My father left home when he was nine. Home was in Shaoxing, some four hours away from Shanghai, the place of his apprentice indenture. There, he learned to gobble down food quickly or go hungry. There was never enough to share. He never learned the luxury of enjoying his food slowly and deliberately. The skinny lad went home penniless after two tough years of hard slog, sweat and tears. He never admitted to crying, but I imagine he did. His masters shared a little of their business knowledge and laundry skills with him, was that caring? Not long after he returned home, the reality of desperate poverty forced him to move to Malaya where greener pastures were painted for him. There, opportunities were aplenty, he even taught himself basic accounting and English. During the Japanese Occupation, he was arrested by the sadistic men from the Land of The Rising Sun, on suspicion of spying against them. Unknowingly, all he shared was a chess game by the roadside with a communist sympathiser. That was enough reason to  capture and torture both men. My father shared a chess game with a man he hardly knew, but he did not have the predisposition to care whether the man survived in a Japanese war prison. His own survival was being challenged. He reckoned he only survived because a fellow cell-mate, a teacher, gave up the fight to live. The dying man shared his plain rice porridge with my father, but only because he did not care to live anymore. By the time I was born, my father had built a profitable laundry business which catered to the needs of European expats, tourists that flocked to the Pearl of the Orient and RAAF personnel who were based in Butterworth. By then he also owned some rubber plantations in Sungei Petani, and a factory that produced smoked rubber sheets from the latex. These business enterprises were not only his. He organised many relatives and clansmen from the San Kiang community to join him in these ventures. Many made comfortable livelihoods from the laundry operations that serviced the hotel industry in Penang. Many later made a small fortune from the land sold off after the rubber plantations were no longer productive.  Why did he share his investment opportunities with them? Was that from caring? My mother surely believed it was from love and caring for her siblings and cousins. Yet, there were audible claims that he did it out of selfish motives. There was the case of an uncle who died almost immediately after his retirement. He never got to really enjoy the fruits of his hard work. Pa provided his brother-in-law with a solid business opportunity, the latter’s prosperity was assured so long as he worked hard at his own business. Did he work himself to death? I adored this uncle. My affinity for breeding fish can be directly linked to him. Could he have provided a similarly positive outcome for his family had my father not shared those opportunities with him? Some of his children grew up to become successful professionals with glittering international careers. One even became a Datuk recently, akin to a British knighthood. I am incredibly proud of this cousin brother, he’s the one and only from my clan to earn this title. Did their lives markedly improve from moving to Penang from their small town? Can we suggest that their move to better schools in a more competitive environment vastly improved their tertiary achievements? Would they have done as well if not better, had they not venture out to Penang? Sharing is caring, but you have to be daring. Best intentions do bring unintended consequences. We do not need to be praised for sharing. After all, the motive can be deemed to be a selfish one. But, do we need to be daring to share? Peoples’ expectations and circumstances cannot be managed, a well-meaning helping hand may turn out to be disappointing or insulting to the receiver.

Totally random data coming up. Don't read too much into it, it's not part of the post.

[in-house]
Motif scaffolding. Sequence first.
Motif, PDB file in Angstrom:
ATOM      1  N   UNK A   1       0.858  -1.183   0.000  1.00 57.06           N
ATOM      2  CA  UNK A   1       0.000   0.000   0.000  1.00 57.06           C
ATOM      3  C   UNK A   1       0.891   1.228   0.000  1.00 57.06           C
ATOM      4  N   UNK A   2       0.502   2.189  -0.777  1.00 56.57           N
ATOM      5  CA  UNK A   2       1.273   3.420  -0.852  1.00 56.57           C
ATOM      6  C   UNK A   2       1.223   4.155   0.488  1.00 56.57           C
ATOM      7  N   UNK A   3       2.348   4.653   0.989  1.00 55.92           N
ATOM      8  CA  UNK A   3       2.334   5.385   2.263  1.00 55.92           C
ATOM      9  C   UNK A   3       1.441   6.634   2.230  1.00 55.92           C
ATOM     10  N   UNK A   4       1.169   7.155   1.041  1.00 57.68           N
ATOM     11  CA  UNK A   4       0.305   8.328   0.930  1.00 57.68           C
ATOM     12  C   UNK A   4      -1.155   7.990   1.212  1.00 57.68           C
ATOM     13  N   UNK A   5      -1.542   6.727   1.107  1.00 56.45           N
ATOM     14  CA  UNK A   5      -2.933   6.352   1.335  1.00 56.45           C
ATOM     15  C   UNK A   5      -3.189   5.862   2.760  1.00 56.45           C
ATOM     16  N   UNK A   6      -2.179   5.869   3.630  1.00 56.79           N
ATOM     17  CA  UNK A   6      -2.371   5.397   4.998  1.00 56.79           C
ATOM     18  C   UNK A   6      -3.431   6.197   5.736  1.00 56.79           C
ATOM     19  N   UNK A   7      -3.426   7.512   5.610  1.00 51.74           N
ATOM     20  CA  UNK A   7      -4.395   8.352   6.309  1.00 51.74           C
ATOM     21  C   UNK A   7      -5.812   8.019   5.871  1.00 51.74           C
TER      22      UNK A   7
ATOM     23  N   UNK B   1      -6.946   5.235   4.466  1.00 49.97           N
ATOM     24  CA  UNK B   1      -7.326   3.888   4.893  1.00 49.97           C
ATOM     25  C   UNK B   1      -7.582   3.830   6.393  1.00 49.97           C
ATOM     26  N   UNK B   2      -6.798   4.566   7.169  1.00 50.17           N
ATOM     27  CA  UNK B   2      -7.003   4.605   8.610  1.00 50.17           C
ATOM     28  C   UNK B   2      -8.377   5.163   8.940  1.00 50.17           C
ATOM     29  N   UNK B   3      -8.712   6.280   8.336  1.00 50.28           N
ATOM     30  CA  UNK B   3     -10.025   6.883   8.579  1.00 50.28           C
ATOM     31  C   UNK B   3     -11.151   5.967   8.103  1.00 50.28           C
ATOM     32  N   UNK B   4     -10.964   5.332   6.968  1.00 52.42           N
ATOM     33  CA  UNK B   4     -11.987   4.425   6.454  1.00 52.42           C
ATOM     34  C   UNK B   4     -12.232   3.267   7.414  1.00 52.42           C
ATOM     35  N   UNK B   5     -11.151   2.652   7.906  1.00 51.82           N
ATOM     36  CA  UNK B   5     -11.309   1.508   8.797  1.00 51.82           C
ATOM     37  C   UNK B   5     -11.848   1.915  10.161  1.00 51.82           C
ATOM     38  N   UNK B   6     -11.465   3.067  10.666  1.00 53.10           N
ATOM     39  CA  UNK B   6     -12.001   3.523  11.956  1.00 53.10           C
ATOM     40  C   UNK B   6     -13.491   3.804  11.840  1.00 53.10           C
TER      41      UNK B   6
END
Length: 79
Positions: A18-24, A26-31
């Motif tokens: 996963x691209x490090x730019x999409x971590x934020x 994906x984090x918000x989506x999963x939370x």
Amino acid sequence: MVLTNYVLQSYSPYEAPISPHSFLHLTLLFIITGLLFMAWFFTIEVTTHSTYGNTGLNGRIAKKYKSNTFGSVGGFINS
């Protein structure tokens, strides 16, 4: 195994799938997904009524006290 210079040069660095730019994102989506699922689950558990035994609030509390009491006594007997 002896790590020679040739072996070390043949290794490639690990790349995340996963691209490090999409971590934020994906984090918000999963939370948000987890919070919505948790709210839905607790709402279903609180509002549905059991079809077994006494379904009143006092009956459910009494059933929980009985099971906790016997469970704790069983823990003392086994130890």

There was also the case of another uncle who my father concluded was not able to operate a laundry business successfully. So, he was given a monthly stipend to help make ends meet. Well, a sinecure actually, since there was no work to be performed. The couple had thirteen children and needed all the help they could get. As far as my mother was concerned, that was her way of sharing and caring. Many years later, I learned from one of the children they felt their father was unfairly left out of the many opportunities that were available to the clan. They felt unfairly disadvantaged and forgotten. Maybe their father didn’t share the truth that he was helped along the way. Maybe they didn’t care about that. Sharing is caring, the benefactor will think, but will the beneficiary extol the virtue of the giver if the gift is viewed as paltry, or worse, contemptible? That’s too daring to contemplate.

My own history is littered with disappointments also. When I embarked on my quest to create a retail franchise system in Australia, I naively aspired to copy what I believed was my father’s greatest achievements. A business leader who helped pull many out from the villages and out of poverty. After the 2008 Global Financial Crisis hit, the retail scene was a devastation after Lehman Brothers’ collapse triggered a panic in financial markets globally. Businesses were not able to borrow from the banks, the illiquidity was due to investors pulling their money out of the banking system which they no longer trusted. One by one, the franchise stores folded due to either high borrowing costs or zero borrowing capacity. Those who saw me as their business leader sharing with them brilliant business insights and a panache for great prosperity soon didn’t care much for my well-being after the collapse of their business. It would be daring for me to show my face to any of them now. Sorry folks, this urghhling only meant to share good things, he really cared. Sharing is caring, only for the daring.